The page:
Thursday, February 18, 2010

Traffic Jamming Without Oversight

Andrea Peyser is painting a frightening picture of the mayor's traffic plans for the city in his usurped third term: "Hold your breath, New Yorkers. Imagine a city choc kablock with pedestrian plazas fit for smokers and tourists. A place where driving is a memory, shopping is agony, and fresh air nonexistent. That's what the Bloomberg administration has in mind, as it travels, full-steam ahead, with plans to turn outer-borough streets into tobacco-friendly parking lots. There is no escape."

And under what authority is he proceeding? Clearly, if there's a master plan to remake the city in Mike Bloomberg's farkakt far∙kakt' image than why hasn't the plan been announced and a full and thorough land use review been commenced? Here's how Peyser sees the mayor's Times Square experiment:

"Last May, the city inflicted the no-car treatment on its iconic Times and Herald squares, throwing a bunch of tables and chairs into plazas that became an overnight hit with wide-bodied tourists, Gauloise-sucking posers and men who carry their worldly possessions in plastic bags. But these zones are almost unvisited by real New Yorkers. By any objective measure, the bonehead experiment to turn Midtown into a cow town was a failure. Rather than turning this city into a laid-back, European-style capital, the walkways have, by some measures, turned the city into hell on wheels."

But, having failed in his original experiment-along with cooking the books to put lipstick on Momma Bloomberg's pig-he wants to wreck even more havoc: "So did Bloomberg rip down the barriers by hand? Not so fast. He trashed his own bean counters and went with slightly better statistics gathered by taxi GPS systems. These devices determined that east-west traffic actually improved, but not by the big numbers Bloomberg had hoped. This prompted one city critic to tell me he "is just picking and choosing and making stuff up." So what's a mayor to do? The only rational thing -- expand the plazas!"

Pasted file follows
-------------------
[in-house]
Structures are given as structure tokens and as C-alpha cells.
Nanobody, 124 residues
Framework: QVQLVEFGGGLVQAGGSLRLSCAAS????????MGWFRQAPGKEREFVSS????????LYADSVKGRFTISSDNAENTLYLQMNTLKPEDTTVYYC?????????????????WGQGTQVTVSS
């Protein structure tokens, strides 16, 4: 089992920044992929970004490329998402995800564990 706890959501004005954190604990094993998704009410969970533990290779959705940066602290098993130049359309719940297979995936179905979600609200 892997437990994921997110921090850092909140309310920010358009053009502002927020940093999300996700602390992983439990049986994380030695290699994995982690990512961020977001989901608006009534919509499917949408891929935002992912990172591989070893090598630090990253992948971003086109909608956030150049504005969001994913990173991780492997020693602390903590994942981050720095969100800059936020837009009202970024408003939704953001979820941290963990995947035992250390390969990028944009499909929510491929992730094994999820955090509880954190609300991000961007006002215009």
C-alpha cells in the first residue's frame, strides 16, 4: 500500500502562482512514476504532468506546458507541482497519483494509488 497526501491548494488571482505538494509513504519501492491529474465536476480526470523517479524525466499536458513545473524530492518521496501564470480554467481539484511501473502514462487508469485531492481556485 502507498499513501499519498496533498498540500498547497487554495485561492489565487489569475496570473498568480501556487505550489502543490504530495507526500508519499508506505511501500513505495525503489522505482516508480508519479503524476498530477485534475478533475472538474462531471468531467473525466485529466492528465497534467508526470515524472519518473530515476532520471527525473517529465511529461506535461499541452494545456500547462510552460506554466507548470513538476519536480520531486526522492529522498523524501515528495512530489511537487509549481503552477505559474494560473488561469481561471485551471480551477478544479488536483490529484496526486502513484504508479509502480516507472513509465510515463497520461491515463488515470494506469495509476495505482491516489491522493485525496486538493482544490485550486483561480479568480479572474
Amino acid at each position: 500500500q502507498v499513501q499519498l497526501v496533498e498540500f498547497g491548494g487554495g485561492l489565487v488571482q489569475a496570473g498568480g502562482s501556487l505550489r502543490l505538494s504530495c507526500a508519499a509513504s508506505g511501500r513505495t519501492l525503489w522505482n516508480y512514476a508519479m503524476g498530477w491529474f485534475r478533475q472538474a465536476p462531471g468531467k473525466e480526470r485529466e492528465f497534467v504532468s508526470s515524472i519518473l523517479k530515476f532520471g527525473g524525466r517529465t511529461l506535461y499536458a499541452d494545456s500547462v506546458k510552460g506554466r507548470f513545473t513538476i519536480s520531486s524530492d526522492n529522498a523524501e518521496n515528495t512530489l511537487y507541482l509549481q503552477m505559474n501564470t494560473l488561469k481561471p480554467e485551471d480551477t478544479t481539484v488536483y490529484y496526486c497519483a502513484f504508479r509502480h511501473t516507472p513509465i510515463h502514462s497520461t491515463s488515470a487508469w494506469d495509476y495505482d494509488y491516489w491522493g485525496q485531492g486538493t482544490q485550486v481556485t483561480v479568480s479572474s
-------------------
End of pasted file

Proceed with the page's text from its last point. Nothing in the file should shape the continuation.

But to where? Well, the city is one big bright canvas for the mayor to do his finger painting on: "Pedestrian plazas are set to grow into the outer boroughs, where leaving your car home -- the mayor's unstated goal -- is often not an option. Bloomberg, who has not yet said what areas he's targeting, wants desperately to put his stamp on his legacy, turning this city into a suburban shopping mall. Bike-riding advocates, hand-in-glove with the administration in support of walkways, tell me we are likely to have plazas erected permanently in areas where, last summer, temporary zones were put in place on Sundays: Bedford Avenue in Williamsburg, Brooklyn; 78th Street in Jackson Heights, Queens; and Montague Street in Brooklyn Heights are the three most frequently mentioned."

And, as for small neighborhood business-Bloomberg to retailers, "Drop dead! "Don't mention the plazas to Joseph Aceto, owner of Montague Street Bagels. Last summer's walkways made his business -- already struggling with nausea-provoking anti-smoking posters he's forced to put up -- fall 20 percent. "People drive by for a bagel and a cup. When they can't do that, they move on," he said. The merchants take talk of walkways personally. Joyce, a manager at Key Food, said old folks who drop by via Access-a-Ride van would not get their groceries. "It would be terrible." Said Aceto of the mayor, "He's got his billions already. What does he care?"

And the same holds true for Fordham Road where merchants on one of the city's most successful local shopping corridors are sucking wind as parking meters are ripped out to make way for express bus lanes-all without the benefit of any public review. But not everyone is upset, least of all the Luddites over at Transportation Alternatives, where cars and middle class motorists are considered on the order of Typhoid Mary.

Here's TA's view: "Bike-riding groups are positively giddy."It gives you room to breathe," said Wiley Norvell, spokesman for Transportation Alternatives. "We're a walking city. Not all streets have to be all cars, all the time."

And this from the group that wouldn't join with us in opposition to the development at Willets Point that will generate 80,000 car trips a day-but when Bloomberg is shoving bikes up our derrieres to the accompaniment of TA chortling, one can understand the group's reluctance-and why they don't need any of the mayor's money just to cheer their lungs out for all of this.

Still, even for Bloomberg this is a bit much-and the excess needs to be challenged by the city council. The entire grand scheme needs to be put to the test; and a full public airing of all of the schemes should be forced into view so that they can be vetted properly. If there is a grand scheme that links all of this mishagos , then an EIS must be done and a full ULURP conducted. We do, after all, still have a representative government, don't we?